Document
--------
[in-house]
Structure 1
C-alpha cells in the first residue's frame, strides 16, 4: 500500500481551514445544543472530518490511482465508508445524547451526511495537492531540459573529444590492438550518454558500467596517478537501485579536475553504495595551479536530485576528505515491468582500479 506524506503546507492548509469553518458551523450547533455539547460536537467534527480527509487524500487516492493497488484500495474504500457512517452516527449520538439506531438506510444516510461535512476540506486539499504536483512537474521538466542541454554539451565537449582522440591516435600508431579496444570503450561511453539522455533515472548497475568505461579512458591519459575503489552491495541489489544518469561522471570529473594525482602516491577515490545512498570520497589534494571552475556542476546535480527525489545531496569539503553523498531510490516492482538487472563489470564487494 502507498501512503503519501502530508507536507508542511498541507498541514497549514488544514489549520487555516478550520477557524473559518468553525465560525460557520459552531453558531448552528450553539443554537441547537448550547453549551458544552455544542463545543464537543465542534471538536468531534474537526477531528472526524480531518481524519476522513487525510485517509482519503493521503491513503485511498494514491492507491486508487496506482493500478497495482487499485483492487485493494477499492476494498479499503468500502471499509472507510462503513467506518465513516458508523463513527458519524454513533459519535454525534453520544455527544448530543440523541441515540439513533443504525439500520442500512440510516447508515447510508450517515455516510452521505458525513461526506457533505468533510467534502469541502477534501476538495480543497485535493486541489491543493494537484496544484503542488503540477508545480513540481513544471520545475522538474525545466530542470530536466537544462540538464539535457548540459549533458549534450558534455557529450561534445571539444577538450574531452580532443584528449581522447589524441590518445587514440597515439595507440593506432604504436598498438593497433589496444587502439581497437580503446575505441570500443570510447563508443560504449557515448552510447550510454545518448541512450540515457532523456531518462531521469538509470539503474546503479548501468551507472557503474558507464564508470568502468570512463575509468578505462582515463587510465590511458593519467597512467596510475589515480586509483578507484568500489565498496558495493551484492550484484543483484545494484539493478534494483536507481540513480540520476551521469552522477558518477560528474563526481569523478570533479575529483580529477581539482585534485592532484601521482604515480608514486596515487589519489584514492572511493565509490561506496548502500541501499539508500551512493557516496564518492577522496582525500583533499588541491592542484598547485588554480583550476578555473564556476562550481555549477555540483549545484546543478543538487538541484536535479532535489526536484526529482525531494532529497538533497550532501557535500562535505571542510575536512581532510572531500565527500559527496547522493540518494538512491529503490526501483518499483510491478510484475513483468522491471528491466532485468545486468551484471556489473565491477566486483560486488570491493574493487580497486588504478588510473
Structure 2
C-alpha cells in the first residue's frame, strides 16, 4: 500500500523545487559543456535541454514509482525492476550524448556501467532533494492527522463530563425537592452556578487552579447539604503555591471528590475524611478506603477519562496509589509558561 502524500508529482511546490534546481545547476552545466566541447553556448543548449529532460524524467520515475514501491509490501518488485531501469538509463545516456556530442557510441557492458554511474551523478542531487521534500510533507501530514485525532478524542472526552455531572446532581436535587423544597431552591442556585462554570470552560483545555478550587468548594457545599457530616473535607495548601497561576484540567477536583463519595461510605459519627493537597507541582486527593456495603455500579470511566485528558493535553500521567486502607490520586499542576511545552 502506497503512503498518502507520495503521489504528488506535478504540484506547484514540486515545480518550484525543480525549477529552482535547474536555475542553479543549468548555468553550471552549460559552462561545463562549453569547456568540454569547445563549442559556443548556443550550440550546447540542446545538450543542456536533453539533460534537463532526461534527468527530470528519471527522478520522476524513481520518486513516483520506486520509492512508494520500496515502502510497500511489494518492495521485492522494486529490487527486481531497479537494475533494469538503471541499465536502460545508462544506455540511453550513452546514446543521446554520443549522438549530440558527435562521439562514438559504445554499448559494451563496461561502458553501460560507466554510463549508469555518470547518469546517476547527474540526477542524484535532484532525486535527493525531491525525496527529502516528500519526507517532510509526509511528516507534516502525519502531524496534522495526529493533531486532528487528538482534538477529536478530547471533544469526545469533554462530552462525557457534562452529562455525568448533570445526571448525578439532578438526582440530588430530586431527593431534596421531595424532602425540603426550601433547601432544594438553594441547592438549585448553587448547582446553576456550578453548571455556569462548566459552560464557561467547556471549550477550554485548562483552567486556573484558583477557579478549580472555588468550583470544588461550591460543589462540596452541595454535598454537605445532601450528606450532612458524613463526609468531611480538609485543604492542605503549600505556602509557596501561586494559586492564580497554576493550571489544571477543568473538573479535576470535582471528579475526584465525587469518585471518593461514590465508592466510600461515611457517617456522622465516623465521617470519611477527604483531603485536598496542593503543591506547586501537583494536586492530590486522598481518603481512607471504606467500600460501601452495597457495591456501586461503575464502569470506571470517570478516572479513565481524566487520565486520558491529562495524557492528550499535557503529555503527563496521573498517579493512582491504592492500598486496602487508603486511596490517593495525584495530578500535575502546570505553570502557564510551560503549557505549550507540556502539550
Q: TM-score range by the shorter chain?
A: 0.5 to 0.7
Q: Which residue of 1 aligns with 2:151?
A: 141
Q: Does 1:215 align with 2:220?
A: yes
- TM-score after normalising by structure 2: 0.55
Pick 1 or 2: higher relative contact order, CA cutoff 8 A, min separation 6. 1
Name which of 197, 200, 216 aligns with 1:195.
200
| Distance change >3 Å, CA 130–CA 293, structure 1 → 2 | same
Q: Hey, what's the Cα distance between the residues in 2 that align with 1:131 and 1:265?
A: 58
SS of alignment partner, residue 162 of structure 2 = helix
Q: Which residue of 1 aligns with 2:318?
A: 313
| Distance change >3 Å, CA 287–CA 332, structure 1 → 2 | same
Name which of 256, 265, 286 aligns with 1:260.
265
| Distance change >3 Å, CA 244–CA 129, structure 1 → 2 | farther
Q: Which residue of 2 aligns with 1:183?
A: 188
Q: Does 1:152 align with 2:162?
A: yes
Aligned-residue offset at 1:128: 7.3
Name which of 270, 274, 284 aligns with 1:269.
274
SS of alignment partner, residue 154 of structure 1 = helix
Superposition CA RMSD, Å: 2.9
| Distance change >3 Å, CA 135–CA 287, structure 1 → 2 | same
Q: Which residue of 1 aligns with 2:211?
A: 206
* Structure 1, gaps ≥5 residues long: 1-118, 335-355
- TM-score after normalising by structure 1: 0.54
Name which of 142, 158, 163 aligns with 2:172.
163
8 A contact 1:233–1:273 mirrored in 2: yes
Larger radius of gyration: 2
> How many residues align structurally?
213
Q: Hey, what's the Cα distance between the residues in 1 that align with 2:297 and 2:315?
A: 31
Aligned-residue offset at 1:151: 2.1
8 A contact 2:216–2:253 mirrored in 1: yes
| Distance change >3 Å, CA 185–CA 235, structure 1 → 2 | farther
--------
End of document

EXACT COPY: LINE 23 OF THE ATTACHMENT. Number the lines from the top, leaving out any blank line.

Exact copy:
Name which of 256, 265, 286 aligns with 1:260.